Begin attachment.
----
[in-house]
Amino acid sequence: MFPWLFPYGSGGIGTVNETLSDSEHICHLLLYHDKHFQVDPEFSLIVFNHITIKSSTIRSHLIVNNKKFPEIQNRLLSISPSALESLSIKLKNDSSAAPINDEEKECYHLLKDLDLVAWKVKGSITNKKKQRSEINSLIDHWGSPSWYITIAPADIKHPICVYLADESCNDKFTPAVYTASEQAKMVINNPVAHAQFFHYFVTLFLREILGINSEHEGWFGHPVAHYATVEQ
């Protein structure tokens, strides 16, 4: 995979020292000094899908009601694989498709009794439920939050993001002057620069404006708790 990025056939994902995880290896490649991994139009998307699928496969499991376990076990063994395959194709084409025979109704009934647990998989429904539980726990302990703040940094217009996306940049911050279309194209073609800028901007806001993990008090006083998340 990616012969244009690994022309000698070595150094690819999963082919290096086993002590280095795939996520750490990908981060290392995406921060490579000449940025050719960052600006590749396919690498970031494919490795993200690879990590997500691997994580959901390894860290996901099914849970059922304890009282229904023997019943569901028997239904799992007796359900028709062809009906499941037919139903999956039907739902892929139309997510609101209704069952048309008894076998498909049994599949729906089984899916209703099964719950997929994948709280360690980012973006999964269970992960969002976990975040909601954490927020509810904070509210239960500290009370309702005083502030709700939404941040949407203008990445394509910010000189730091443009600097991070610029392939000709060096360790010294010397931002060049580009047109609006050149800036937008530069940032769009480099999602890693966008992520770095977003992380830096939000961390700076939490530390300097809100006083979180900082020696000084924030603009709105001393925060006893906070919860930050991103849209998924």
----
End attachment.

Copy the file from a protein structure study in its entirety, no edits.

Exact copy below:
[in-house]
Amino acid sequence: MFPWLFPYGSGGIGTVNETLSDSEHICHLLLYHDKHFQVDPEFSLIVFNHITIKSSTIRSHLIVNNKKFPEIQNRLLSISPSALESLSIKLKNDSSAAPINDEEKECYHLLKDLDLVAWKVKGSITNKKKQRSEINSLIDHWGSPSWYITIAPADIKHPICVYLADESCNDKFTPAVYTASEQAKMVINNPVAHAQFFHYFVTLFLREILGINSEHEGWFGHPVAHYATVEQ
């Protein structure tokens, strides 16, 4: 995979020292000094899908009601694989498709009794439920939050993001002057620069404006708790 990025056939994902995880290896490649991994139009998307699928496969499991376990076990063994395959194709084409025979109704009934647990998989429904539980726990302990703040940094217009996306940049911050279309194209073609800028901007806001993990008090006083998340 990616012969244009690994022309000698070595150094690819999963082919290096086993002590280095795939996520750490990908981060290392995406921060490579000449940025050719960052600006590749396919690498970031494919490795993200690879990590997500691997994580959901390894860290996901099914849970059922304890009282229904023997019943569901028997239904799992007796359900028709062809009906499941037919139903999956039907739902892929139309997510609101209704069952048309008894076998498909049994599949729906089984899916209703099964719950997929994948709280360690980012973006999964269970992960969002976990975040909601954490927020509810904070509210239960500290009370309702005083502030709700939404941040949407203008990445394509910010000189730091443009600097991070610029392939000709060096360790010294010397931002060049580009047109609006050149800036937008530069940032769009480099999602890693966008992520770095977003992380830096939000961390700076939490530390300097809100006083979180900082020696000084924030603009709105001393925060006893906070919860930050991103849209998924």